Plurality rule voting has historically lain at the heart of the Westminster system and of British ‘exceptionalism’ from its European counterparts. Throughout most of the twentieth century, the fundamental British conceptions of how liberal democracy should link citizens to their governments and political representatives have been based on customary ways of counting votes, have sought only very limited information about people’s preference structures, and have been strikingly unresponsive in many different ways to wider patterns of social and political change. Political representation and accountability to citizens have been interpreted in a minimal way, within a long-lived and arguably ‘primitive’ conception of the scope of accountability and the meaning of citizens’ representation. This approach survived intact for virtually the whole century — despite the transformative impacts of two world wars, massive economic and social class changes and the shift from Fordist and patriarchal social structures to ‘postmodern’ patterns of social life.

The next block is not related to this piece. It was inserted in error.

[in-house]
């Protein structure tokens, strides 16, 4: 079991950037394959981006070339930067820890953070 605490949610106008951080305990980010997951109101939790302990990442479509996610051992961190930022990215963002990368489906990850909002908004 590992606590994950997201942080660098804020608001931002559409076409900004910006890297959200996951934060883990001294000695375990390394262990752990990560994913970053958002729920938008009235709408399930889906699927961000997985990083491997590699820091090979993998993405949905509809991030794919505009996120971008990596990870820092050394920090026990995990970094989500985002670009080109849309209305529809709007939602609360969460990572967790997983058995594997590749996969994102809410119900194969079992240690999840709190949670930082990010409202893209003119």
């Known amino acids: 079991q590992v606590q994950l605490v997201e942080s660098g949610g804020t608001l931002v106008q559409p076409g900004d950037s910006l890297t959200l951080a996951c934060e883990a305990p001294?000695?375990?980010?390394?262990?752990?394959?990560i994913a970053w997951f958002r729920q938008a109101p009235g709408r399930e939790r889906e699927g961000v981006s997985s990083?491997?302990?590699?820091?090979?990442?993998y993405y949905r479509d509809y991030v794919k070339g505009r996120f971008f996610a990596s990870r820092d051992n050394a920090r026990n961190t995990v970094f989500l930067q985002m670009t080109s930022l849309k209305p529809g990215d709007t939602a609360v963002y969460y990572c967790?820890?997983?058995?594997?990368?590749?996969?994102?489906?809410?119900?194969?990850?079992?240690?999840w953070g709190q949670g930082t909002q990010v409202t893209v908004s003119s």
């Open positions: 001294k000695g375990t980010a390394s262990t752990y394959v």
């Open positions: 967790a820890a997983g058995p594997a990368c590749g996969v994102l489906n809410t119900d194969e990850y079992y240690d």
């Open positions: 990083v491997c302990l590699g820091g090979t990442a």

|Title of host publication||The Handbook of Electoral System Choice|
|Editors||Josep M. Colomer|
|Place of Publication||London|
|Number of pages||13|
|ISBN (Print)||9781403904546, 9781349509423|
|Publication status||Published - 2004|